Nov. 19, 1819: Former President Thomas Jefferson writes a letter to William King, a leading Maine statehood advocate and future Maine governor, thanking him for sending Jefferson a draft of the proposed Maine Constitution, being prepared in conjunction with Maine’s anticipated admission to statehood in 1820.

While praising most of the document, Jefferson faults its terms on representation. “Equal representation is so fundamental a principle in a true republic that no prejudices can justify its violation because the prejudices themselves cannot be justified,” Jefferson writes from Monticello, his Virginia estate.

William King, painted in 1806 by Gilbert Stuart. Image courtesy of the Maine State Museum, Maine State House Portrait Collection 72.19.93

The two men already were acquainted with each other. King visited Jefferson the previous winter at his home, where King solicited the former president’s ideas on what to include in the Maine Constitution.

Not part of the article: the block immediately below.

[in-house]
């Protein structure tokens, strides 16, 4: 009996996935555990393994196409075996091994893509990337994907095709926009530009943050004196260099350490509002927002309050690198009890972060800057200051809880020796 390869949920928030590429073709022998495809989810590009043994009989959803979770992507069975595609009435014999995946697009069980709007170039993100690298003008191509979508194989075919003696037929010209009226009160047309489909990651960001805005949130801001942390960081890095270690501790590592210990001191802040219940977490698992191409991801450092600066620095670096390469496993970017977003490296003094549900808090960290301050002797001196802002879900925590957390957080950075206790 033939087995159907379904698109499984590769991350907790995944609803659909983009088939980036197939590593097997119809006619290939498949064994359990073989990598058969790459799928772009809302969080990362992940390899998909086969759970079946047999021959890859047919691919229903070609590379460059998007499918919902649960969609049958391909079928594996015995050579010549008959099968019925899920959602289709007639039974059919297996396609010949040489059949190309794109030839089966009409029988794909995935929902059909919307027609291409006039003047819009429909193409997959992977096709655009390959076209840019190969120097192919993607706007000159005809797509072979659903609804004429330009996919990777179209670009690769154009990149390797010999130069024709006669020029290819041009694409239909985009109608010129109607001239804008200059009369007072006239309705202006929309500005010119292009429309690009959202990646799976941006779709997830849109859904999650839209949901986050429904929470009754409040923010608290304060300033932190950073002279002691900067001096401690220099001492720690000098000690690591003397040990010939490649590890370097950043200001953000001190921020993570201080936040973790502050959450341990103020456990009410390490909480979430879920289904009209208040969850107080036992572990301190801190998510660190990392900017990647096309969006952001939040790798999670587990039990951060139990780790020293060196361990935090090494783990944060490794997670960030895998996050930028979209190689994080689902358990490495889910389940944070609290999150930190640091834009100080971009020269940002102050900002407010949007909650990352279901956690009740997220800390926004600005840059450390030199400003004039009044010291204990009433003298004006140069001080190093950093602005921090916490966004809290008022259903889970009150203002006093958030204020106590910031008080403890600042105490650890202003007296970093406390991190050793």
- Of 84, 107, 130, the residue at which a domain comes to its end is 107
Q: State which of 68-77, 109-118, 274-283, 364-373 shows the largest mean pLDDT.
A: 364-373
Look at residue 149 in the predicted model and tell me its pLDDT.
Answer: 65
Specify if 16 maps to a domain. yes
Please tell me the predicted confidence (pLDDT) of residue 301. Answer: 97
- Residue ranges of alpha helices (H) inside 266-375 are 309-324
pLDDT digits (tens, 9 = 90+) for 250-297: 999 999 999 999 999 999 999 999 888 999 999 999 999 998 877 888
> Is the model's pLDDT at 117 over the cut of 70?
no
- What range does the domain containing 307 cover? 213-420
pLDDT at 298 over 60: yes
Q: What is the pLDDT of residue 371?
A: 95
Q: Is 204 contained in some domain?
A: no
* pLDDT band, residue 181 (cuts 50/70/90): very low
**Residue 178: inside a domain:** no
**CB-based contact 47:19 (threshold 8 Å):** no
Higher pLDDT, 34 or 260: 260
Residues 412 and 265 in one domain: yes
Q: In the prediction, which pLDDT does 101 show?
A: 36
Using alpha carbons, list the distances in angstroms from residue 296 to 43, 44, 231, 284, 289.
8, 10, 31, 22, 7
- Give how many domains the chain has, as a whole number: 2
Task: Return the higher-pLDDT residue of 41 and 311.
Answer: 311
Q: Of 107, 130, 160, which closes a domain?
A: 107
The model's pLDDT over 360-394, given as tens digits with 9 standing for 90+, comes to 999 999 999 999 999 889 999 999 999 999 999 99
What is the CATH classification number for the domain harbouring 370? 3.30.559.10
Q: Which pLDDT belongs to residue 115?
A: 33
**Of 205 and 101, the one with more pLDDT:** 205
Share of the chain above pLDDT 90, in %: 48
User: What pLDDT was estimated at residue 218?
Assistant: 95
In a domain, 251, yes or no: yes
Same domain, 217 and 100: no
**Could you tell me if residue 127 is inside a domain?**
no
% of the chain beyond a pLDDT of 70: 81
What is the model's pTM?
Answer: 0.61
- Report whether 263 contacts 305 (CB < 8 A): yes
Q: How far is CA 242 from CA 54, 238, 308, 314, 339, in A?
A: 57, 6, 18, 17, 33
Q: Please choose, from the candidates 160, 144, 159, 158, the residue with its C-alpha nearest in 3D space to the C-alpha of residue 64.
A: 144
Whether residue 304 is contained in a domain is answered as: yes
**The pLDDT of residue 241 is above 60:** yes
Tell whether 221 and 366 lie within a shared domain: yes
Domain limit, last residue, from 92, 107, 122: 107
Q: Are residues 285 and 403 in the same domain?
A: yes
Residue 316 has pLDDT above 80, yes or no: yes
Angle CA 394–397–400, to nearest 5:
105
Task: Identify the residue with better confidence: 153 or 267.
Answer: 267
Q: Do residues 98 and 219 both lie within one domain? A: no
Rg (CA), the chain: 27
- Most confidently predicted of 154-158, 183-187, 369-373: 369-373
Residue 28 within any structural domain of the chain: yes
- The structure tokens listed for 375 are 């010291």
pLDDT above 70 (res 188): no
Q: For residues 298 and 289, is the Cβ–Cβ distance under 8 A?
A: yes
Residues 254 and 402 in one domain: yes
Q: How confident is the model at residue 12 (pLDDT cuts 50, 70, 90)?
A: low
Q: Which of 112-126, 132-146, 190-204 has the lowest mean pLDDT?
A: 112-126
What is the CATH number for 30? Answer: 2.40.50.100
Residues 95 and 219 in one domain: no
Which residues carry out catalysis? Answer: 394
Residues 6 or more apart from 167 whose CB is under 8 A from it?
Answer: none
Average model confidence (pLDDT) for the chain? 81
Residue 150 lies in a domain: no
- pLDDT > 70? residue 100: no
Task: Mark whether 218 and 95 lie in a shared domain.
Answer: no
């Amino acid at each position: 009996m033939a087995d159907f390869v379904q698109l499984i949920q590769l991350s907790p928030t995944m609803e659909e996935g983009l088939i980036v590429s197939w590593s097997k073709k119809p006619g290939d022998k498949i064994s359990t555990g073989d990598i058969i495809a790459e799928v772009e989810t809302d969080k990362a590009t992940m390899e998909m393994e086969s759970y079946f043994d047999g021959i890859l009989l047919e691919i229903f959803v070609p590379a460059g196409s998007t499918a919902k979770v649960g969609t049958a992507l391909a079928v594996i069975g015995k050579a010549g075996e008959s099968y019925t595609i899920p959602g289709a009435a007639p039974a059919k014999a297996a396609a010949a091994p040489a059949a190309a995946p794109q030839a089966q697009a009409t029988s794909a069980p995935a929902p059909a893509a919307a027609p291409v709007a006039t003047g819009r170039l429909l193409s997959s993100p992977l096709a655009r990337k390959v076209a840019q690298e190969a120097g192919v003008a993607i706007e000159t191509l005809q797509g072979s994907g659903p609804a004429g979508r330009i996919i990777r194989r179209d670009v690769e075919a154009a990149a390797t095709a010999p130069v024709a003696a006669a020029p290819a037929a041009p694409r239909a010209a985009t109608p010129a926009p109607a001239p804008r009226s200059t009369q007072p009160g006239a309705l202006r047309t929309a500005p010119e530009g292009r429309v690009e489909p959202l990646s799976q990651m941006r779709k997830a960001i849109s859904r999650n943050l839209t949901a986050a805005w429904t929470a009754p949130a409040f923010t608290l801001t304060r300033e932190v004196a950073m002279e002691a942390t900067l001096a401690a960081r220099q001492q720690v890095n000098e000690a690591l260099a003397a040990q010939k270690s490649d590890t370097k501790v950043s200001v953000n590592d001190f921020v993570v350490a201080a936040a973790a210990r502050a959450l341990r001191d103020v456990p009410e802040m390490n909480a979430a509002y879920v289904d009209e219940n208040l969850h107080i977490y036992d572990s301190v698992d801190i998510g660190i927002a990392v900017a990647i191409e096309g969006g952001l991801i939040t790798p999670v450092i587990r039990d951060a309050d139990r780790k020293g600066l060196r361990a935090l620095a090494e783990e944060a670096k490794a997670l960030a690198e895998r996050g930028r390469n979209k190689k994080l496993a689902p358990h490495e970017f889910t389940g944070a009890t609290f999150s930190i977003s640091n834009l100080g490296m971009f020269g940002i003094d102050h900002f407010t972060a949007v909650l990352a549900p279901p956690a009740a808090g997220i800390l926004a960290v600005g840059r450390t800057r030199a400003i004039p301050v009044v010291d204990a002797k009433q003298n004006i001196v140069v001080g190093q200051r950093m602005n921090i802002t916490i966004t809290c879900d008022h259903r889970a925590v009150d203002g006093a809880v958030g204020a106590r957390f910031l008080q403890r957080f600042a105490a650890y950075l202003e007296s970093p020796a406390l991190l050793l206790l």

Jefferson was the principal author of the Declaration of Independence and a mentor of James Madison, who was a driving force behind the U.S. Constitution.

Jefferson’s letter to King is now part of the Maine Historical Society’s collections.

Joseph Owen is an author, retired newspaper editor and board member of the Kennebec Historical Society. Owen’s book, “This Day in Maine,” can be ordered at To get a signed copy use promo code signedbyjoe at checkout. Joe can be contacted at: [email protected]

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